The Canucks–Flames rivalry is a rivalry that takes place in the Pacific Division of the National Hockey League between the Vancouver Canucks and Calgary Flames. The Vancouver Canucks started play in the 1970–71 season as an expansion team and the Calgary Flames started play during the 1980–81 season as a relocated team from Atlanta (Atlanta Flames).
The rivalry between the Vancouver Canucks and Calgary Flames has its roots in the stark geographic, political, and economic differences between Vancouver and Calgary, the two largest cities in Western Canada. The two cities are separated by the barrier of the Rocky Mountains, with Vancouver surrounded by the Pacific Ocean, the peaks of the Coast Mountains, and forests and Calgary sitting on the foothills bordering an expanse of flat prairie. The Rockies serve as not only a geographical barrier but a political one as well: Vancouver is a haven for the political left in Canada, strongly supportive of both the Liberal and New Democratic political parties, while Calgary has been a bastion of right-wing politics since the province of Alberta's creation and is a stronghold for the Conservative Party.
|First meeting||February 1, 1981|
|Latest meeting||January 7, 2017|
|Next meeting||February 18, 2017|
|All-time series||134–94–26–13 (CGY)|
|Regular season series||113–77–26–13 (CGY)|
|Postseason results||21–17 (CGY)|
|Current win streak||CGY W1|
Prior to the turn of the millennium, Vancouver and Calgary faced each other during the first round of postseason play in 1982, which was the first playoff series victory by Vancouver, en route to the Finals, 1983, 1984, during Calgary's championship season of 1989, and 1994, with Calgary holding a 3–2 margin. The latter two series were decided in 7 games by overtime goals (Joel Otto for Calgary and Pavel Bure for Vancouver) and coincidentally both managed to reach the Stanley Cup Finals during those seasons (with Calgary winning the cup in 1989).
In the early and mid-90s, the rivalry was considered among the most intense in the NHL, with the two teams often battling for top spot in the Smythe and later Pacific Division. However, it started to fade soon afterward as both teams started to sink in the standings in the late 1990s.
It was during the 2003–04 season when the rivalry re-ignited, with Vancouver and Calgary constantly battling for the top spot in the Northwest Division along with the Colorado Avalanche. When Canucks captain Markus Naslund and Flames captain Jarome Iginla developed into two of that era's greatest players, the rivalry became one of which team had the better overall leader. Between the beginning of the century and Naslund's departure from the Canucks in 2008, the spotlight would often be featured on both he and Iginla whenever the teams matched up. During the 2001–02 season, the two found themselves competing for the Art Ross Trophy for the league's highest point scorer. The following year, both players were featured in a Nike commercial promoting the rivalry between them.
These two teams met again during the first round of the 2004 postseason, and, just like in 1989 and 1994, the series-winning goal was scored in overtime in game 7, this time by Calgary's Martin Gélinas (who incidentally was a member of the 1994 Canucks team that reached the Stanley Cup Finals). Calgary advanced to the Stanley Cup Finals, becoming the first Canadian team to reach that far since the 1994 Vancouver. However, unlike 1989, but alike Vancouver in 1994 by the New York Rangers, they were defeated by the Lightning in 7 games.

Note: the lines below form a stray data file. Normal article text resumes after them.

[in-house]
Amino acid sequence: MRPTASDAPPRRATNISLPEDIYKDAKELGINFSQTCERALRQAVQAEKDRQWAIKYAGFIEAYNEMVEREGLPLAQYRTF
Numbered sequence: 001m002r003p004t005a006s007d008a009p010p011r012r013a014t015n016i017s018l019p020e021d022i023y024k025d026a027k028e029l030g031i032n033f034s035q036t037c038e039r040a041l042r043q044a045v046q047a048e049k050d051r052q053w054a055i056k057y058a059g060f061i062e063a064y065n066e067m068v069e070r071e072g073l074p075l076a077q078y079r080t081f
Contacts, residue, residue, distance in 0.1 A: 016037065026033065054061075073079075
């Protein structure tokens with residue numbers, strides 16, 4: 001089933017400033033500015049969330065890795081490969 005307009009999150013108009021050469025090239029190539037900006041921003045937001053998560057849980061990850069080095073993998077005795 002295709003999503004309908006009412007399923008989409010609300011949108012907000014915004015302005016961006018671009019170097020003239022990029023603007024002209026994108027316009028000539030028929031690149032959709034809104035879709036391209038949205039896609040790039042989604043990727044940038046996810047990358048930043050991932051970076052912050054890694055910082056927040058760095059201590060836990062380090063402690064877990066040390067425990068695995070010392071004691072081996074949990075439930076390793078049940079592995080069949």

The subsequent trade by Vancouver for netminder Roberto Luongo in June 2006 gave Vancouver a capable opponent to Calgary's Miikka Kiprusoff, who had already established himself as one of the top goalies in the NHL. Players from both teams bring out their best when they play against each other, resulting in games of high entertainment value. In addition to the duel between Luongo and Kiprusoff, matchups between former Vancouver defenceman Willie Mitchell and Flames captain Jarome Iginla were also noteworthy.
Vancouver and Calgary reignited the rivalry on January 18, 2014 at Rogers Arena when the game started with a line brawl after the opening faceoff. Flames coach Bob Hartley started his fourth line that included tough guys Brian McGrattan and Kevin Westgarth. Interpreting it as a danger to his usual first line, Canucks coach John Tortorella sent his own fourth line onto the ice in response. As soon as the puck dropped, all ten skaters on the ice paired up and began fighting. It lasted several minutes before the referees got it under control with 8 players being ejected including Canucks forward Kellan Lain who was playing in his first NHL game. While the players fought, Tortorella and Hartley had a heated verbal exchange across the benches. During the first intermission, Tortorella angrily confronted the Flames in the hallway and continued to berate them as they went to their dressing room before players and staff from both teams broke it up. Vancouver would end up winning the game 3-2 in a shootout.
In 2015, the two teams met in the playoffs for the first time since 2004. Game 2 of this series saw multiple fights break out with 1:17 left in the 3rd period resulting in a total of 132 penalty minutes. Deryk Engelland of the Flames was given the instigation penalty as well as 3 game misconducts, however the League retracted the penalty and instead fined Bob Hartley $50,000 for instigating the fight. Vancouver would win the game 4–1, but it was Calgary who came out victorious in the series, winning in six games.
Later that year, enforcers Micheal Ferland (Flames) and Derek Dorsett (Canucks) fought immediately after the opening faceoff of the 2015–16 season. The Flames' Brandon Bollig and Canucks' Brandon Prust squared off eight minutes later.